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Predictive language processing revealing usage-based variation


While theories on predictive processing posit that predictions are based on one’s prior experiences, experimental work has effectively ignored the fact that people differ from each other in their linguistic experiences and, consequently, in the predictions they generate. We examine usage-based variation by means of three groups of participants (recruiters, job-seekers, and people not (yet) looking for a job), two stimuli sets (word sequences characteristic of either job ads or news reports), and two experiments (a Completion task and a Voice Onset Time task). We show that differences in experiences with a particular register result in different expectations regarding word sequences characteristic of that register, thus pointing to differences in mental representations of language. Subsequently, we investigate to what extent different operationalizations of word predictability are accurate predictors of voice onset times. A measure of a participant’s own expectations proves to be a significant predictor of processing speed over and above word predictability measures based on amalgamated data. These findings point to actual individual differences and highlight the merits of going beyond amalgamated data. We thus demonstrate that is it feasible to empirically assess the variation implied in usage-based theories, and we advocate exploiting this opportunity.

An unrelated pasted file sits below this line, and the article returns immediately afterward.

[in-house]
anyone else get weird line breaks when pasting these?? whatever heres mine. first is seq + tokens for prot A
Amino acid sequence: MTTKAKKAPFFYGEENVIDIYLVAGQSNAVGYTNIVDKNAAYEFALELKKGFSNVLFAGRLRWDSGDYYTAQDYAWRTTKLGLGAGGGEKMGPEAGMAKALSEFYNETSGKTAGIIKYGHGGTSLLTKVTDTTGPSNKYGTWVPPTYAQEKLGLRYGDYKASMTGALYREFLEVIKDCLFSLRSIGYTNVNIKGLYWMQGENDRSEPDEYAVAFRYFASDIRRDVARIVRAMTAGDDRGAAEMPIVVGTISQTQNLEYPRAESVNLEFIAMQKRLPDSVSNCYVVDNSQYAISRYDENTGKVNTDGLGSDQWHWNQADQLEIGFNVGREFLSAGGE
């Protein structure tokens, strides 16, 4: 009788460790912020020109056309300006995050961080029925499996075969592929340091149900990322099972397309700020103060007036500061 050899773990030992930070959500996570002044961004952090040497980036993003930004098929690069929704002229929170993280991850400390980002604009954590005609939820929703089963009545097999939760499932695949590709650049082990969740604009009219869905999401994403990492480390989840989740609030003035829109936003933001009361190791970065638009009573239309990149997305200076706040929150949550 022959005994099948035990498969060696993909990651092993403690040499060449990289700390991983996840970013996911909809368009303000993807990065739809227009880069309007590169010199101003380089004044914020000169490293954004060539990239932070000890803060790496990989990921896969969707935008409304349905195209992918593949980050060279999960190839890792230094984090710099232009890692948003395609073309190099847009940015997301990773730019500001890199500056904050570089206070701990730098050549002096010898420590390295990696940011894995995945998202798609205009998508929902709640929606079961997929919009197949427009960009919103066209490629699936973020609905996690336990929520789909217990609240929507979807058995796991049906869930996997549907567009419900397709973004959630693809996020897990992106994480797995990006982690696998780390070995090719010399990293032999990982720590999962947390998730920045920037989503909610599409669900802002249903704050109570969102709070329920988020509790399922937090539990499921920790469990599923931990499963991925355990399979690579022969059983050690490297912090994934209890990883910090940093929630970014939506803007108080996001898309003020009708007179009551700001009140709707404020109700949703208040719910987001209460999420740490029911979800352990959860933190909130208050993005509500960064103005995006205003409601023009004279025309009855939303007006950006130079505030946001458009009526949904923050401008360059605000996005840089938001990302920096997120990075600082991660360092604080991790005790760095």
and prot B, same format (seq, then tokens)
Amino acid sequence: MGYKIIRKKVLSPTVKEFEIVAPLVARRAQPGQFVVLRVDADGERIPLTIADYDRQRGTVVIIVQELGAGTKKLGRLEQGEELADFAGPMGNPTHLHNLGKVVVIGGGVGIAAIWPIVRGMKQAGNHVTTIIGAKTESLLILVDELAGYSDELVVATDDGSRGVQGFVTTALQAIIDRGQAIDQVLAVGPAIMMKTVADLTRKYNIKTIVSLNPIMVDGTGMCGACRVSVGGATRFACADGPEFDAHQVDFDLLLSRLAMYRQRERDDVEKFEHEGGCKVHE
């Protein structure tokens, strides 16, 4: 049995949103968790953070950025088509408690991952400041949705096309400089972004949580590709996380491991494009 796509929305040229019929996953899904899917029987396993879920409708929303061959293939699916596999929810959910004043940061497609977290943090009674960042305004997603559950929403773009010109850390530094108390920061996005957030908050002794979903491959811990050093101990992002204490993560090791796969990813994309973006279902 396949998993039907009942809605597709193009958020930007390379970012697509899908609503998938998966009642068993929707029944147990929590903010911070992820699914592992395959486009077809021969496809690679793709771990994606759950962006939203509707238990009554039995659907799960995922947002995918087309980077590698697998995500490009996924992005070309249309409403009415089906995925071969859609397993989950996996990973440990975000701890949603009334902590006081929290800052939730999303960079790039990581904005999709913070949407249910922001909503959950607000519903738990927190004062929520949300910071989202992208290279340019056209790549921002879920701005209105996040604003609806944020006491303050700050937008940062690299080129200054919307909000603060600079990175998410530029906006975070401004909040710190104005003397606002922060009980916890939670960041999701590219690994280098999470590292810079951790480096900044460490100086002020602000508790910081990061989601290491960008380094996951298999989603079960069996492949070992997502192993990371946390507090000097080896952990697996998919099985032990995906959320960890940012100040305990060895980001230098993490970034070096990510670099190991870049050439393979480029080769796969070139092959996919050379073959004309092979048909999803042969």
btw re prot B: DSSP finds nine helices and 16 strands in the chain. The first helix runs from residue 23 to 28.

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This is an Open Access article, distributed under the terms of the Creative Commons Attribution licence (, which permits unrestricted re-use, distribution, and reproduction in any medium, provided the original work is properly cited.
Corresponding author
Address for correspondence: Véronique Verhagen, Department of Culture Studies, Tilburg University, D 418, Postbus 90153, 5000 LE Tilburg, the Netherlands. e-mail:
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We thank Louis Onrust and Antal van den Bosch for their help in analyzing the corpus data, Sanneke Vermeulen for her help in collecting the experimental data, and Elaine Francis and two reviewers for their helpful comments and suggestions on this manuscript.

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